Remember and Act

Seminaries and Institutes of Religion Satellite Broadcast • August 4, 2015


 

In a general conference, Elder Marlin K. Jensen said, “If we pay close attention to the uses of the word remember in the holy scriptures, we will recognize that remembering in the way God intends is a fundamental and saving principle of the gospel.” How does remembering serve as “a fundamental and saving principle”? Elder Jensen went on to say, “This is so because prophetic admonitions to remember are frequently calls to action: to listen, to see, to do, to obey, to repent.”1

We have an example of that recorded in the Book of Mormon. Helaman had named his sons Nephi and Lehi and told them why:

“Behold, I have given unto you the names of our first parents who came out of the land of Jerusalem; and this I have done that when you remember your names ye may remember them; and when ye remember them ye may remember their works; and when ye remember their works ye may know how that it is said, and also written, that they were good.

“Therefore, my sons, I would that ye should do that which is good.”2

This is one way remembering can serve as a fundamental and saving principle. It can help us act in appropriate and righteous ways. To that end we are encouraged in the Church to remember those who have gone before us: those in our family histories, those in Church history, those in the scriptures, and most importantly, to remember the Savior Himself.

A young Jewish woman who died during the persecutions of World War II gave a beautiful description of how those in the past can bless our lives. She wrote: “There are stars whose radiance is visible on earth though they have long been extinct. There are people whose brilliance continues to light the world though they are no longer among the living. These lights are particularly bright when the night is dark. They light the way for humankind.”3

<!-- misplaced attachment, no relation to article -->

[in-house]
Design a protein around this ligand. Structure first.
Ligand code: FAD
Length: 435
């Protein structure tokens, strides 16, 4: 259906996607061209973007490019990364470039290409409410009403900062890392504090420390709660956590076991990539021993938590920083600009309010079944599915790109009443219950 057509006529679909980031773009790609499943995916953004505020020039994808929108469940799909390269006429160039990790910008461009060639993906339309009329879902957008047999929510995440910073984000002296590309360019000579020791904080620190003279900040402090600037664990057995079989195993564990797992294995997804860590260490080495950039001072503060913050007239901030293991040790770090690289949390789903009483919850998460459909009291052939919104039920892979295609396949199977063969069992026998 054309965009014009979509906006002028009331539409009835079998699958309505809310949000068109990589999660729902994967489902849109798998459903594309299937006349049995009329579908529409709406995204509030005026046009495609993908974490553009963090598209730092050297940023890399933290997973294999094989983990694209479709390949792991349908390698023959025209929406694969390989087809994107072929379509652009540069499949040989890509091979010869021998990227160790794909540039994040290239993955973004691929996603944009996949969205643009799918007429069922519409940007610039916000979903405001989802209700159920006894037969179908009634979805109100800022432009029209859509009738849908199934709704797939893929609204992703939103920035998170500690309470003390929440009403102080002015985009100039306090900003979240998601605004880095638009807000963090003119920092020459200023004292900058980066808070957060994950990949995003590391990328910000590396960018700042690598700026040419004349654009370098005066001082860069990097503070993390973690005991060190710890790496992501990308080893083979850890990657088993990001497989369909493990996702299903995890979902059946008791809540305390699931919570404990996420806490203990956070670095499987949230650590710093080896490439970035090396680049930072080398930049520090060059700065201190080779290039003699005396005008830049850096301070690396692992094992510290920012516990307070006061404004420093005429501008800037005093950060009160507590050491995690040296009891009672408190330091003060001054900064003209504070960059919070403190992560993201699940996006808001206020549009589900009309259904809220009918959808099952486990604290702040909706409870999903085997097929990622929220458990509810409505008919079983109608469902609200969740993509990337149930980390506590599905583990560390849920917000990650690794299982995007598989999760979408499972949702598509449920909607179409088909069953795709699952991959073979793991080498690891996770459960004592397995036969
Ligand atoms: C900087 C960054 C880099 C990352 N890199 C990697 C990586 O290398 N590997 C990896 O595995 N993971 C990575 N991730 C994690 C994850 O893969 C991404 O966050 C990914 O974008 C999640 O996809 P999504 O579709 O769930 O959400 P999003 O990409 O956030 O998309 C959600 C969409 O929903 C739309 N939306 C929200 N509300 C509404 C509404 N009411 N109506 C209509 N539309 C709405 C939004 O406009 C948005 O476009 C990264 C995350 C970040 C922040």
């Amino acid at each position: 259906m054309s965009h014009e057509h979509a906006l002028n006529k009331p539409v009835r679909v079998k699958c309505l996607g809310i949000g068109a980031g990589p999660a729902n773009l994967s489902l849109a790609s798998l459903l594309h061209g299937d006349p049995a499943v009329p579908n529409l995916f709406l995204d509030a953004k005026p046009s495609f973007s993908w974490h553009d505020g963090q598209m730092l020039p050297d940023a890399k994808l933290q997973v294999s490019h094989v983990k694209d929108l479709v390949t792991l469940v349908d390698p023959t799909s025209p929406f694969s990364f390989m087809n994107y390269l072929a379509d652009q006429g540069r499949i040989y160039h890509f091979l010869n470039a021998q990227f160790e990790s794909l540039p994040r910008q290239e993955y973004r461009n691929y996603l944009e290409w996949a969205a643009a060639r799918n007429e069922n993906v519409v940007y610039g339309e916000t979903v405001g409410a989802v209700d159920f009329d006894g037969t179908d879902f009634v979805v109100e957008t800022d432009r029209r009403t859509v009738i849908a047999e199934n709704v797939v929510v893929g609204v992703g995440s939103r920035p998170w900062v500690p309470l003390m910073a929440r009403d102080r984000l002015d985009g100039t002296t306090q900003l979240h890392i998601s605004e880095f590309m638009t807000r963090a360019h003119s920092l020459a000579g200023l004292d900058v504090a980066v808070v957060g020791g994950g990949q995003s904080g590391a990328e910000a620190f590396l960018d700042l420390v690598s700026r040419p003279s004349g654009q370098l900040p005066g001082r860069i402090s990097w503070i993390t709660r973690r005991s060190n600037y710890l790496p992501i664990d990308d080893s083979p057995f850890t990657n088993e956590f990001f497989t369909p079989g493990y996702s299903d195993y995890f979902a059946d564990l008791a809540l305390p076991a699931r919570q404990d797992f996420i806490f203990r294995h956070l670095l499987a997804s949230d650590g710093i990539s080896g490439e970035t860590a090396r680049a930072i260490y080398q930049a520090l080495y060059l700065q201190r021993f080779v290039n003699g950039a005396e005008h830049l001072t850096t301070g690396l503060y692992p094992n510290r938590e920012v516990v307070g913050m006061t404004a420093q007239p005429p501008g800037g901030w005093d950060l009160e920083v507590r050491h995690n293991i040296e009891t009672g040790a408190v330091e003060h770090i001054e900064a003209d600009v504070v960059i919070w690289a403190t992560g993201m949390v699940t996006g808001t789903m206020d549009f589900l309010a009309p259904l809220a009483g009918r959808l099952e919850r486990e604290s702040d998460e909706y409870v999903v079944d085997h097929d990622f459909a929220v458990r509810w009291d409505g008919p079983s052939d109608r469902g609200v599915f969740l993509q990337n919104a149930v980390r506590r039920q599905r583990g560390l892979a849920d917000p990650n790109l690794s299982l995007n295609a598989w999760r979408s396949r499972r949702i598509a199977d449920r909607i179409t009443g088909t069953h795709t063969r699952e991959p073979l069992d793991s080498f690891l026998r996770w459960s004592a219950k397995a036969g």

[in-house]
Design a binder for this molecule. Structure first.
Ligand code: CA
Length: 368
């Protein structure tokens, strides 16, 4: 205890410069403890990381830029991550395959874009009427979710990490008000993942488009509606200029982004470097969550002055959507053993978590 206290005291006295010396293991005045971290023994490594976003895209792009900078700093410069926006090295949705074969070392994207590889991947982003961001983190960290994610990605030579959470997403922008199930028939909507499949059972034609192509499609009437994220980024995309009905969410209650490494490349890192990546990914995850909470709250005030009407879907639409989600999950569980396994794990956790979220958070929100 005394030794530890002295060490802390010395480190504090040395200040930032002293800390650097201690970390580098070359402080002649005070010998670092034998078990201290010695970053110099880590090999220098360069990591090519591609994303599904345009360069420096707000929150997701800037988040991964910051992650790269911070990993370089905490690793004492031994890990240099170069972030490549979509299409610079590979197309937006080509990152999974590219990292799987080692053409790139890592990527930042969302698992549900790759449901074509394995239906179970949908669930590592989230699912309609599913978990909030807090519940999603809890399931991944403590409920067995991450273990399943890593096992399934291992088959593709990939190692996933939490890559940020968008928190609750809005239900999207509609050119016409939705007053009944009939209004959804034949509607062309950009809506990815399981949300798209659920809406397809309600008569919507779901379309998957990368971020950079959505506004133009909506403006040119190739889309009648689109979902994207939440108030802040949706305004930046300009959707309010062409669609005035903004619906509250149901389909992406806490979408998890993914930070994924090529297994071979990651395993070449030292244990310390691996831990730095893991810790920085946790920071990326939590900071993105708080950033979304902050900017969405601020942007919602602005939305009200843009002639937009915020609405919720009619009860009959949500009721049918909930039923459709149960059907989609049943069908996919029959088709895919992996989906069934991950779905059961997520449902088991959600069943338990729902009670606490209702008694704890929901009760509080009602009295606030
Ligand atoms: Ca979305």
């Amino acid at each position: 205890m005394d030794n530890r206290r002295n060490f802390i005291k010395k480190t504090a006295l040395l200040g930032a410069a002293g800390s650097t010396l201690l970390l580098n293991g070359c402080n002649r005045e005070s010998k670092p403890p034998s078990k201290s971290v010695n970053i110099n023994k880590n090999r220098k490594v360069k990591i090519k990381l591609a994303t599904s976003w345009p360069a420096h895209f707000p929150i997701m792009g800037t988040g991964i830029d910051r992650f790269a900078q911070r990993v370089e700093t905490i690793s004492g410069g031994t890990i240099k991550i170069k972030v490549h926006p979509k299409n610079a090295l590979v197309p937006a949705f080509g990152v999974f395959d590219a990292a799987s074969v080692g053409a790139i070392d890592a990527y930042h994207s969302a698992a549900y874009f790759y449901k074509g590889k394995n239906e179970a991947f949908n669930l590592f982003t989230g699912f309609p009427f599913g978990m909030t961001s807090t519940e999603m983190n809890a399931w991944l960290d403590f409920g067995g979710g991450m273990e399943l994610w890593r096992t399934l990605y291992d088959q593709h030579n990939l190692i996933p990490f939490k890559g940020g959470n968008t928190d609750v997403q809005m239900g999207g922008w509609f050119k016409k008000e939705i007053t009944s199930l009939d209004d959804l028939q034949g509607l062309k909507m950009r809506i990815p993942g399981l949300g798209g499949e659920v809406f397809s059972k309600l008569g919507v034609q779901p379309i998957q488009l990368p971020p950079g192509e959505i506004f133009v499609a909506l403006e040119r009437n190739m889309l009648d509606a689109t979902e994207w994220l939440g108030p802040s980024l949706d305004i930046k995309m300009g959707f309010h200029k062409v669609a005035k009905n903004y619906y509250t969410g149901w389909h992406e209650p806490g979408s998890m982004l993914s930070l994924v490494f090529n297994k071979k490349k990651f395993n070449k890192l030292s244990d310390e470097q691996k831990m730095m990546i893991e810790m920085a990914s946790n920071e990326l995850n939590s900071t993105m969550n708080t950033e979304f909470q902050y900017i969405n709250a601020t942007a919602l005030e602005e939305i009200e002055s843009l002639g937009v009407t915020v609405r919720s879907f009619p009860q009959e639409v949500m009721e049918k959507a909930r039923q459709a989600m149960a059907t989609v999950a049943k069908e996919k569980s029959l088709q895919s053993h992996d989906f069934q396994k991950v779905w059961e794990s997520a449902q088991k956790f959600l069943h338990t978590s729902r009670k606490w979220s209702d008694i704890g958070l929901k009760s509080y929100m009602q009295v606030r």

This principle applies to the history of seminaries and institutes as well. There is much in our history that is worth remembering. To that end, a history of Seminaries and Institutes of Religion has been written. We are happy to announce that in the near future a published or online copy of this history will be available to each of you. We hope it will be read and become an important resource in our individual and collective study. This history can help us learn from the individuals who made Seminaries and Institutes of Religion what it is today. We stand on their shoulders and enjoy a rich heritage that they have left us. And though many are long gone, they can still serve as guiding lights as we move into the future. We hope that in remembering them we will be led to remember their works and to act.

For a few moments this morning, I would like to share a few stories from our history. They are told with the hope that in remembering those on whose shoulders we stand, we will want to emulate them—both their desires and their efforts.

In his talk “The Charted Course of the Church in Education,” President J. Reuben Clark Jr. said that the first requisite for a religious educator was a personal testimony “that Jesus is the Christ and that Joseph Smith was God’s prophet.”4This testimony has provided the motivation for many faithful religious educators and their families to take on difficult and uncomfortable assignments and to sacrifice much of personal ambition and comfort. They exemplify President Gordon B. Hinckley, who said of himself, “I don’t know how to get anything done except getting on my knees and pleading for help and then getting on my feet and going to work.”5 One such person was Ray L. Jones, who was asked to start the early-morning seminary program for the Church.

“During the April 1950 general conference, 10 stake presidents from the Los Angeles area met with Elder Joseph Fielding Smith to discuss the possibility of establishing some kind of seminary program for the youth in their areas.” They were not sure how to do this since released-time religious instruction was not allowed by the state.

Franklin L. West, the Church commissioner of education, was aware of some seminary classes in Utah that were being held before school and saw this as a possible solution to the request from Southern California. The commissioner “asked Ray L. Jones, a seminary principal in Logan, [Utah,] if he would consider traveling to California to start the program. Comfortable in his current assignment and settling into a newly purchased home, Brother Jones … expressed doubt that he should be the man to start the program.”

Anxious to get the program going, Commissioner West “suggested that Brother Jones might leave his family in Logan and simply ‘commute’ periodically to Los Angeles [a distance of more than 700 miles]. Brother Jones finally consented to pray about the question. After spending some time in contemplation, [he] decided to give up his home in Logan and move permanently to Los Angeles to launch the program.”6

Like Nephi, who said, “I was led by the Spirit, not knowing beforehand the things which I should do,”7 Ray L. Jones embarked for Southern California.